We must emphasize character. We must teach our young people that character is the capacity to forgo short-run personal gratification in order to achieve long-term accomplishment. Character also includes the courage, determination and fortitude to succeed and to fulfill dreams despite external circumstances. Parents need to show children through guidance and example that a life of character is satisfying, fulfilling and rewarding.
We must maintain and strengthen families. Converging trends of the past two decades have weakened families. Fewer people are getting married, and those who do are divorcing at higher rates. The number of children born to married couples is decreasing while surging numbers of children are born out of wedlock. We must work to fashion a culture that will encourage and support family formation and stability. Raised with insufficient adult supervision and guidance, many of our youth have an inadequate sense of family or community. Parents need to be selective about television and other diversions: many children and adolescents spend more time watching television than with family, school, church or friends.
We must empower our youth with hope and the belief that they can succeed. Raised in a climate of instant gratification, many of our youth think the American dream is out of their reach, and they feel victimized -- a sure route to demoralization and loss of self-esteem. The tentacles of poverty and ignorance choke off hope; the venom of drugs destroys all that is humane. Without hope or humanity, many of our youths roam the streets wreaking cruel, unfeeling violence. We must all come together to help minority youth build a vision of the future in which they are viewed as solutions, not problems.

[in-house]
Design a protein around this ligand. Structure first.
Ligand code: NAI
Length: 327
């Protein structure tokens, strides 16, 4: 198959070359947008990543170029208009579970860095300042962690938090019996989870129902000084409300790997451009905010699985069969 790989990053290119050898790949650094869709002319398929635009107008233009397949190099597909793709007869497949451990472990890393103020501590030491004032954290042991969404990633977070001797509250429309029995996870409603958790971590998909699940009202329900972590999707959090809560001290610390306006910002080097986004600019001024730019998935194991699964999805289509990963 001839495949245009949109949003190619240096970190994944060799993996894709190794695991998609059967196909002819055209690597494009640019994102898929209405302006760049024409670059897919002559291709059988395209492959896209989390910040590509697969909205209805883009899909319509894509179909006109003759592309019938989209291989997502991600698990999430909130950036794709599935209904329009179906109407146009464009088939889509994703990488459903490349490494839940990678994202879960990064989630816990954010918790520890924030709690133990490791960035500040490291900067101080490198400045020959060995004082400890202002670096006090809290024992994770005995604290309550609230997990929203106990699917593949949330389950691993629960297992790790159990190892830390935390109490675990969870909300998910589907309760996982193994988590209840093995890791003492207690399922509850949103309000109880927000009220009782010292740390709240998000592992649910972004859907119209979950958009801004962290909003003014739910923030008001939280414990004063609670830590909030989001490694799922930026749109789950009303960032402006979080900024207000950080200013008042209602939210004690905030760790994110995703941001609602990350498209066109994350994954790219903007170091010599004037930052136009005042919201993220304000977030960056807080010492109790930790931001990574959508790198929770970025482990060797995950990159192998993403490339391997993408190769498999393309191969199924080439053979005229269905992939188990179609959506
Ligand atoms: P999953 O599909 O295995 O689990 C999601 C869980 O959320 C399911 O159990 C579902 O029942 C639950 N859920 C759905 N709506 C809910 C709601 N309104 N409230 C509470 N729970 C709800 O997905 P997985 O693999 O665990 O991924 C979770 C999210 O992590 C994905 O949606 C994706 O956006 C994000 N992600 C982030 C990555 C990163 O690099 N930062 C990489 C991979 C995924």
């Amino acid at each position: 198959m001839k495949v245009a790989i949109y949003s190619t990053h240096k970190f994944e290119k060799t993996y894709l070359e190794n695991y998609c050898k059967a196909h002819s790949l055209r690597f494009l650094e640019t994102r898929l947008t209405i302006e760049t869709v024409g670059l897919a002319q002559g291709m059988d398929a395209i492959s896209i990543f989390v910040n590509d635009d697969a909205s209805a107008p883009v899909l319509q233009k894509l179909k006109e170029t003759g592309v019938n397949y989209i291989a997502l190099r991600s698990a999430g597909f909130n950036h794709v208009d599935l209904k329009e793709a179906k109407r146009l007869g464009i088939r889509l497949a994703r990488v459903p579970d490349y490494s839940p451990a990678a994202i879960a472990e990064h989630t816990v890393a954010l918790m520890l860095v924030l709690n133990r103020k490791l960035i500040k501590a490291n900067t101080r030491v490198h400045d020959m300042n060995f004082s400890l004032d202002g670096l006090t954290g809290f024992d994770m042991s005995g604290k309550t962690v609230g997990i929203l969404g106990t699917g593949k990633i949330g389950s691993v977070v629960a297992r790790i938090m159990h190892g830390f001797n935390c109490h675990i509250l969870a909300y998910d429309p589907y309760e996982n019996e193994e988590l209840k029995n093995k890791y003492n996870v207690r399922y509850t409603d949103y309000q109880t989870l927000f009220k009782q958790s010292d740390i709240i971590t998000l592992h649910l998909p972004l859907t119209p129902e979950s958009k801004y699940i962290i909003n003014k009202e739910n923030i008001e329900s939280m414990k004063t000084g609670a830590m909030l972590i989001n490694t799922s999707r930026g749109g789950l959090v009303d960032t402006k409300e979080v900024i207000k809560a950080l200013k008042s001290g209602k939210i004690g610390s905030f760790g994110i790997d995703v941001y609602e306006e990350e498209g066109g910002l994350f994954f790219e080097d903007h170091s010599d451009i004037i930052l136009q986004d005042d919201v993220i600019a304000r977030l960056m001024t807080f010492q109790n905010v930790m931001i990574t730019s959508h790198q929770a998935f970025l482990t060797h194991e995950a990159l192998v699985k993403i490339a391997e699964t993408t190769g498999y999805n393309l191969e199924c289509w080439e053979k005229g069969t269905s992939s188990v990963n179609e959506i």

The bottom line is: We must get personally involved in the transformation of American culture.
Today's murders eventually fade into the recesses of memory. But for the grief-stricken families, life has been irrevocably changed. So, too, has life changed for those who can no longer walk freely through their neighborhoods.
Life must change also for all of us who care about our country -- and ourselves. If we are to preserve our own humanity and not imbibe the callousness around us, we cannot remain unmoved in the face of widespread and far-reaching carnage. Nor can we escape blame or responsibility if we allow it to continue.
Americans -- including our black leaders -- must band together to help make our inner cities decent, humane environments for families. Community, church and civic organizations offer opportunities for Americans to transcend personal interests in order to see the shining dream of freedom and hope for all of America's people become a complete, unabridged reality.
We will not see the scourge of violent death and crime erased from our communities until those of us who have benefited so richly from our economic system are willing to contribute of ourselves on behalf of high-risk young people and the future of our nation.
Only when our concern for the well-being of our young people becomes a passion will we acquire the moral authority and the force of leadership needed to mount a holy crusade against the evils that are devouring our young people and robbing our nation of its future. The writer is secretary of health and human services.